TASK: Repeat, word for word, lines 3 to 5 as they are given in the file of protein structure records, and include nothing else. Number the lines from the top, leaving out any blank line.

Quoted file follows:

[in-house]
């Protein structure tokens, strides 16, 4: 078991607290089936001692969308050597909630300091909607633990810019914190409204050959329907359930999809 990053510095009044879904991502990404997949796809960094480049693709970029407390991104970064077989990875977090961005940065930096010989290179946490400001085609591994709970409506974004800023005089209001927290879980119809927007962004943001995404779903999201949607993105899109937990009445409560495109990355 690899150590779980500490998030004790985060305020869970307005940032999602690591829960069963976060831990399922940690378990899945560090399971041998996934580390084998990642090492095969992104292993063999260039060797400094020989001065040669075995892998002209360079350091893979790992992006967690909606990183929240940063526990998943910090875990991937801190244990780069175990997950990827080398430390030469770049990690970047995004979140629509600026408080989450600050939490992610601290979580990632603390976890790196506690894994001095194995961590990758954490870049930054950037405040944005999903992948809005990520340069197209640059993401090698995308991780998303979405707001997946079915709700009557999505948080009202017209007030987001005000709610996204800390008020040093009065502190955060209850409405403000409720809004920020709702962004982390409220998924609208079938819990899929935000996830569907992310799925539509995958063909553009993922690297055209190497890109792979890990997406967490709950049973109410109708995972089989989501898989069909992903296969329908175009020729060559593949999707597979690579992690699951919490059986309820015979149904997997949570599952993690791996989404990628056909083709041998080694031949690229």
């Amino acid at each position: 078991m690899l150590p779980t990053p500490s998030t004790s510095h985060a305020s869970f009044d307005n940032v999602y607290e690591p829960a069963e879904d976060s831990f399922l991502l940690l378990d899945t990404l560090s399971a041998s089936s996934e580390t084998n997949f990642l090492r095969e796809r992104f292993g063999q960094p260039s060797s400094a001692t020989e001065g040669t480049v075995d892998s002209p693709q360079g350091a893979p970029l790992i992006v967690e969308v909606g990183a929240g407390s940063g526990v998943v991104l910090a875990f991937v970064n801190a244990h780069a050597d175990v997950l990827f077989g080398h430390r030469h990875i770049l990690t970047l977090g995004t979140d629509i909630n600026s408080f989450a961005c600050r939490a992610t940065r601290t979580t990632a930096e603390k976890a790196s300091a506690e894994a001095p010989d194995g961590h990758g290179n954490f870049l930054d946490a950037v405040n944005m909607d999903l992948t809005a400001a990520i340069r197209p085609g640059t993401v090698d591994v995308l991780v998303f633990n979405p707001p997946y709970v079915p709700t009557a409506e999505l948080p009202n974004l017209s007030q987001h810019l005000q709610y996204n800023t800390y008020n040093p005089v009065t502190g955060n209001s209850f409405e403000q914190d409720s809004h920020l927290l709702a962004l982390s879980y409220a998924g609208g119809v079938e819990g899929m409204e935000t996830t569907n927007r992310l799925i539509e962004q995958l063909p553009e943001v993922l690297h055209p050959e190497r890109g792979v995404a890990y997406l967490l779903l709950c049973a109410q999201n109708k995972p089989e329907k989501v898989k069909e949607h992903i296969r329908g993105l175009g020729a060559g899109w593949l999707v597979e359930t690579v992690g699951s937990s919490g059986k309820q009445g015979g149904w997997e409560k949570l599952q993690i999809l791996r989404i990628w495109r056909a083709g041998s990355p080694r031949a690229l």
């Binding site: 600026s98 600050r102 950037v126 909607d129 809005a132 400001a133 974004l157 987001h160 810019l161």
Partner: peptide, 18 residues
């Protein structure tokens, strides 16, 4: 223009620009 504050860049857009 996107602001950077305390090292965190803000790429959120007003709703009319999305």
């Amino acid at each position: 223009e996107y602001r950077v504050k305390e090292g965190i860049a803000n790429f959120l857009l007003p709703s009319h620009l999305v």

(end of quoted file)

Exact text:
């Amino acid at each position: 078991m690899l150590p779980t990053p500490s998030t004790s510095h985060a305020s869970f009044d307005n940032v999602y607290e690591p829960a069963e879904d976060s831990f399922l991502l940690l378990d899945t990404l560090s399971a041998s089936s996934e580390t084998n997949f990642l090492r095969e796809r992104f292993g063999q960094p260039s060797s400094a001692t020989e001065g040669t480049v075995d892998s002209p693709q360079g350091a893979p970029l790992i992006v967690e969308v909606g990183a929240g407390s940063g526990v998943v991104l910090a875990f991937v970064n801190a244990h780069a050597d175990v997950l990827f077989g080398h430390r030469h990875i770049l990690t970047l977090g995004t979140d629509i909630n600026s408080f989450a961005c600050r939490a992610t940065r601290t979580t990632a930096e603390k976890a790196s300091a506690e894994a001095p010989d194995g961590h990758g290179n954490f870049l930054d946490a950037v405040n944005m909607d999903l992948t809005a400001a990520i340069r197209p085609g640059t993401v090698d591994v995308l991780v998303f633990n979405p707001p997946y709970v079915p709700t009557a409506e999505l948080p009202n974004l017209s007030q987001h810019l005000q709610y996204n800023t800390y008020n040093p005089v009065t502190g955060n209001s209850f409405e403000q914190d409720s809004h920020l927290l709702a962004l982390s879980y409220a998924g609208g119809v079938e819990g899929m409204e935000t996830t569907n927007r992310l799925i539509e962004q995958l063909p553009e943001v993922l690297h055209p050959e190497r890109g792979v995404a890990y997406l967490l779903l709950c049973a109410q999201n109708k995972p089989e329907k989501v898989k069909e949607h992903i296969r329908g993105l175009g020729a060559g899109w593949l999707v597979e359930t690579v992690g699951s937990s919490g059986k309820q009445g015979g149904w997997e409560k949570l599952q993690i999809l791996r989404i990628w495109r056909a083709g041998s990355p080694r031949a690229l």
């Binding site: 600026s98 600050r102 950037v126 909607d129 809005a132 400001a133 974004l157 987001h160 810019l161």
Partner: peptide, 18 residues